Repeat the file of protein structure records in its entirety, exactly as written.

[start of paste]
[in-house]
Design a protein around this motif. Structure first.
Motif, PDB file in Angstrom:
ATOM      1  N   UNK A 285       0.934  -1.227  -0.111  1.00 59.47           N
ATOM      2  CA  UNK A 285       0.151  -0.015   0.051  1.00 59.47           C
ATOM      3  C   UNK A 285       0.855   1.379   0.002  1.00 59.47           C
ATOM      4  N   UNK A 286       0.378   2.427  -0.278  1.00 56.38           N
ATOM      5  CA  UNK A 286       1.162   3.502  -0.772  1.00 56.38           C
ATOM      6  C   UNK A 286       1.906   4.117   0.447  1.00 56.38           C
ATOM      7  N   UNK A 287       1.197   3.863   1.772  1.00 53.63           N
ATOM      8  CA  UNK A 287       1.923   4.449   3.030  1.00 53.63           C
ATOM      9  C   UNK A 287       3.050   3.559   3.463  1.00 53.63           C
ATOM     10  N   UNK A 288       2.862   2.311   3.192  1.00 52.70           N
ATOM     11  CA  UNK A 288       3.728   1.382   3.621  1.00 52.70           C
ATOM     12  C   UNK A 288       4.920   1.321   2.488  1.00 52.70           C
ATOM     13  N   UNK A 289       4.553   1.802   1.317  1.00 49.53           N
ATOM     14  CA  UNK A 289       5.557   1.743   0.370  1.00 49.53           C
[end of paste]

[in-house]
Design a protein around this motif. Structure first.
Motif, PDB file in Angstrom:
ATOM      1  N   UNK A 285       0.934  -1.227  -0.111  1.00 59.47           N
ATOM      2  CA  UNK A 285       0.151  -0.015   0.051  1.00 59.47           C
ATOM      3  C   UNK A 285       0.855   1.379   0.002  1.00 59.47           C
ATOM      4  N   UNK A 286       0.378   2.427  -0.278  1.00 56.38           N
ATOM      5  CA  UNK A 286       1.162   3.502  -0.772  1.00 56.38           C
ATOM      6  C   UNK A 286       1.906   4.117   0.447  1.00 56.38           C
ATOM      7  N   UNK A 287       1.197   3.863   1.772  1.00 53.63           N
ATOM      8  CA  UNK A 287       1.923   4.449   3.030  1.00 53.63           C
ATOM      9  C   UNK A 287       3.050   3.559   3.463  1.00 53.63           C
ATOM     10  N   UNK A 288       2.862   2.311   3.192  1.00 52.70           N
ATOM     11  CA  UNK A 288       3.728   1.382   3.621  1.00 52.70           C
ATOM     12  C   UNK A 288       4.920   1.321   2.488  1.00 52.70           C
ATOM     13  N   UNK A 289       4.553   1.802   1.317  1.00 49.53           N
ATOM     14  CA  UNK A 289       5.557   1.743   0.370  1.00 49.53           C